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May 8, 2014

Eye Safety at Work — What Can You Do?

EyeSafety 79347600It doesn’t matter what you do for a living; your eyes are an important tool. Today’s blog offers some tips for keeping those peepers in good working order, and some first aid advice on what to do for severe eye injuries.

ISHN magazine offers some thoughts from Prevent Blindness, a volunteer health and safety group, for anyone that uses a computer at their workstation:

  • Visit an eye doctor for a dilated eye exam to make sure you are seeing clearly and to detect any potential vision issues.
  • Place your screen 20 to 26 inches away from your eyes and a little bit below eye level.
  • Use a document holder placed next to your computer screen. It should be close enough so you don’t have to swing your head back and forth or constantly change your eye focus.
  • Adjust the text size on the screen to a comfortable level.
  • Change your lighting to lower glare and harsh reflections. Glare filters over your computer screen can also help.
  • Use a chair you can adjust.
  • Choose screens that can tilt and swivel. A keyboard that you can adjust is also helpful.

And here’s an easy-to-remember formula from The Vision Council, the 20-20-20 break:

  • Every 20 minutes, take a 20-second break and look at something 20 feet away.

For those outside the office cube farm, you already know that safety eyewear is the name of the game. But there’s more to consider than just the goggles to create an eye-safe work environment. Also from the good folks at ISHN, here are ten steps an employer can take to reduce workplace eye injuries:

Assess -Look carefully at plant operations. Inspect all work areas, access routes, and equipment for hazards to eyes. Study eye accident and injury reports. Identify operations and areas the present eye hazards.

Test -  Uncorrected vision problems can cause accidents. Provide vision testing during routine employee physical exams.

Protect -  Select protective eyewear that is designed for the specific duty or hazard. Protective eyewear must meet the current standards from the Occupational Safety and Health Act of 1970 and later revisions.

Participate -Create a 100% mandatory program for eye protection in all operation areas of your plant. A broad program prevents more injuries and is easier to enforce than one that limits eye protection to certain departments, areas, or jobs.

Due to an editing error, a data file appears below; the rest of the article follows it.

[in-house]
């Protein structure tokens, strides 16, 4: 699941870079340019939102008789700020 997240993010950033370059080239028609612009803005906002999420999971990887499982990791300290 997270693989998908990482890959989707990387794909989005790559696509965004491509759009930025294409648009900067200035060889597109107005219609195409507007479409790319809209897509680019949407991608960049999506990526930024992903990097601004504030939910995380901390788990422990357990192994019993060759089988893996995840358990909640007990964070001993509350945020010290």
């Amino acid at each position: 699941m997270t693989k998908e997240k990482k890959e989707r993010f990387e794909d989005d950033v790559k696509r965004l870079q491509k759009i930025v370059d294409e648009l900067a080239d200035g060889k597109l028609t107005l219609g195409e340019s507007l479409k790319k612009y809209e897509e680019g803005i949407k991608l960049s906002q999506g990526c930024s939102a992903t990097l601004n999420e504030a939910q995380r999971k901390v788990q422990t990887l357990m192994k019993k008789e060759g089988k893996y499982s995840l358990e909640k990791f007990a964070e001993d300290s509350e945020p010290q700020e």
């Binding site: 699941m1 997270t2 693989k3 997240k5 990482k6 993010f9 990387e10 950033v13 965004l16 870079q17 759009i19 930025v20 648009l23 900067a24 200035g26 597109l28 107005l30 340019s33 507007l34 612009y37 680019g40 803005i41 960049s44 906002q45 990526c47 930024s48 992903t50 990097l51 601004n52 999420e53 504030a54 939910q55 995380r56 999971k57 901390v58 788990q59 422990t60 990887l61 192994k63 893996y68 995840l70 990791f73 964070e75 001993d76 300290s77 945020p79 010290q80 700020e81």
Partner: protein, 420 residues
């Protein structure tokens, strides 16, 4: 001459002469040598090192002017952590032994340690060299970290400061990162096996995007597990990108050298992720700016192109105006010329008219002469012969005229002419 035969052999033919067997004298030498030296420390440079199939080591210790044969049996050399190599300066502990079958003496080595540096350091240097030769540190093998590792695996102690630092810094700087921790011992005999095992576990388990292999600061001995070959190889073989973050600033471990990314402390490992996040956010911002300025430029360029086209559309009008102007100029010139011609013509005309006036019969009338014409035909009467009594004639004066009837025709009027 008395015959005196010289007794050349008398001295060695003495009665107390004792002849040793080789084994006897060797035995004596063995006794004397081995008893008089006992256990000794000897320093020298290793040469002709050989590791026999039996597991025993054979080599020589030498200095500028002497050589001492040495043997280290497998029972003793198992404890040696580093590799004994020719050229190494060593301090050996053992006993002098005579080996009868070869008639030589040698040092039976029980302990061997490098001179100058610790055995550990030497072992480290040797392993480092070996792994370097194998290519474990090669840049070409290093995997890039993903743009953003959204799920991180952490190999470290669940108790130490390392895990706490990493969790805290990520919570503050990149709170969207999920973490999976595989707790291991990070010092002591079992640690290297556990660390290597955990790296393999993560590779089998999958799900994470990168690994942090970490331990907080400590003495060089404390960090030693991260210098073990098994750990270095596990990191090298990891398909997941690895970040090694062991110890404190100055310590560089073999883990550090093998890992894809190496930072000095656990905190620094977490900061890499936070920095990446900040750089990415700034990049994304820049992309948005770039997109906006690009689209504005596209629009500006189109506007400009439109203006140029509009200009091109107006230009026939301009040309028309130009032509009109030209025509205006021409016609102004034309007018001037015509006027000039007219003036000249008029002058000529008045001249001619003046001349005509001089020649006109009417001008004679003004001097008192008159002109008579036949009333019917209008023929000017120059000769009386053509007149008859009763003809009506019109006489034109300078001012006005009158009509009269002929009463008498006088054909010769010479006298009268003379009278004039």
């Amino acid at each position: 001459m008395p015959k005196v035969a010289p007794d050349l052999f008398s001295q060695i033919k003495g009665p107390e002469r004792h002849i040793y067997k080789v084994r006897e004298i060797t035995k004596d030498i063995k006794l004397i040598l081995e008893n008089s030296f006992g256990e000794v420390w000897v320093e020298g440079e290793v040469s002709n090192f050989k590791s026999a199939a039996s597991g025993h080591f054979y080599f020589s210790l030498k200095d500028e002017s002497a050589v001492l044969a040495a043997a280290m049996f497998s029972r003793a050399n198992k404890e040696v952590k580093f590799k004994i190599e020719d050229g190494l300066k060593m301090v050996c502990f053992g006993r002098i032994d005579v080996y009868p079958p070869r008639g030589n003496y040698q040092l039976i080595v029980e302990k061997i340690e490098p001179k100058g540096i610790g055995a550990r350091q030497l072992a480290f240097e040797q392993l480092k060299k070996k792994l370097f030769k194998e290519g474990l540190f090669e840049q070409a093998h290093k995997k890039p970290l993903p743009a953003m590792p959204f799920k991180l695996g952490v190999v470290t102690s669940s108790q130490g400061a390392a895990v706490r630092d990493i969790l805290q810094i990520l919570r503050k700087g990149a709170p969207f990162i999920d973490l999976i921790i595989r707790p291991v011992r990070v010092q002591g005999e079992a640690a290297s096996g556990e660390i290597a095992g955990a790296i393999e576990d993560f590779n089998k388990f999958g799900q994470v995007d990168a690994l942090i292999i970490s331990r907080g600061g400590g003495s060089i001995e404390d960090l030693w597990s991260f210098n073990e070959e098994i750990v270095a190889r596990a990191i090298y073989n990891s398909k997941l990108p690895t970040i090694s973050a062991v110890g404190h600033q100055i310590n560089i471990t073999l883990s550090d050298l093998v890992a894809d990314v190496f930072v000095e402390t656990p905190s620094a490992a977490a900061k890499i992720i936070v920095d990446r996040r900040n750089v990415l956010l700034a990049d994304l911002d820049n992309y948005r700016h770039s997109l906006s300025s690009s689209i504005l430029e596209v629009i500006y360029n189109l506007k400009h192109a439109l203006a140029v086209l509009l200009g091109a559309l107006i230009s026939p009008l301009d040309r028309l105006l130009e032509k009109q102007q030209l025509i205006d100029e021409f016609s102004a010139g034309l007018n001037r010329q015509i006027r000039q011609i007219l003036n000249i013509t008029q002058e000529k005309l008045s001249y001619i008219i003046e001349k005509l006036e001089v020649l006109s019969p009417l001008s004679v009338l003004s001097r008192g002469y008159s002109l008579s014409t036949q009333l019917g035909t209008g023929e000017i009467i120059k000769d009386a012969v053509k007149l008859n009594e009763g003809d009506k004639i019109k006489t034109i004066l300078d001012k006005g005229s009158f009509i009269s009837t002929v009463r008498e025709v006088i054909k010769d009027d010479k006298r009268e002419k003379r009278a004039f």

Fit -Workers need protective eyewear that fits well and is comfortable. Have eyewear fitted by an eye care professional or someone trained to do this. Provide repairs for eyewear and require each worker to be in charge of his or her own gear.

Plan for an Emergency -Set up first-aid procedures for eye injuries. Have eyewash stations that are easy to get to, especially where chemicals are used. Train workers in basic first aid and identify those with more advanced training.

Educate -Conduct ongoing educational programs to create, keep up, and highlight the need for protective eyewear. Add eye safety to your regular employee training programs and to new employee orientation.

Support -Management support is key to having a successful eye safety program. Management can show their support for the program by wearing protective eyewear whenever and wherever needed.

Review -Regularly review and update your accident prevention policies. Your goal should be NO eye injuries or accidents!

Put it in Writing -Once your safety program is created, put it in writing. Display a copy of the policy in work and employee gathering areas. Include a review of the policy in new employee orientation.

What to do for a severe eye injury

Because they help determine facial appearance and function, traumatic injuries to the eyes, mouth, and face can have significant physical and emotional effects.

Objects that penetrate the surface of the eye require immediate professional medical care. Foreign bodies propelled at high speed present the highest risk.

Activate EMS. Immediate care requires stabilization of the object and reducing additional injury. Do not allow the person to rub the eye. Never try to remove an embedded object.

For small objects, cover both eyes with loose pads. Eyes move together. Covering both eyes prevents movement of the affected eye. Stabilize larger objects with a bulky, clean pad. Cover the uninjured eye with a loose pad.

Covering both eyes can be frightening. Stay with the person and calm, comfort, and reassure him to help reduce anxiety. Regularly assess the person until EMS arrives.

Small foreign objects on the surface of an eye will cause irritation and discomfort. Encourage the person to not rub the affected eye. Have the person blink several times to see if the eyelid or tearing can remove the object naturally. If he or she cannot, then flush the eye with tap water or saline eyewash solution. Flush outward from the nose side of the eye. 

If pain continues or the person feels like something is still in the eye, cover the eye lightly with a gauze pad and seek professional medical care. If the person has been exposed to flying metal fragments (hammering, grinding, etc.), do not attempt removal. Seek professional medical care immediately.

Want to know more about responding to first aid emergencies at your work or home? We've got a class for you!

Find A Class, ASHI, MEDIC First Aid

 

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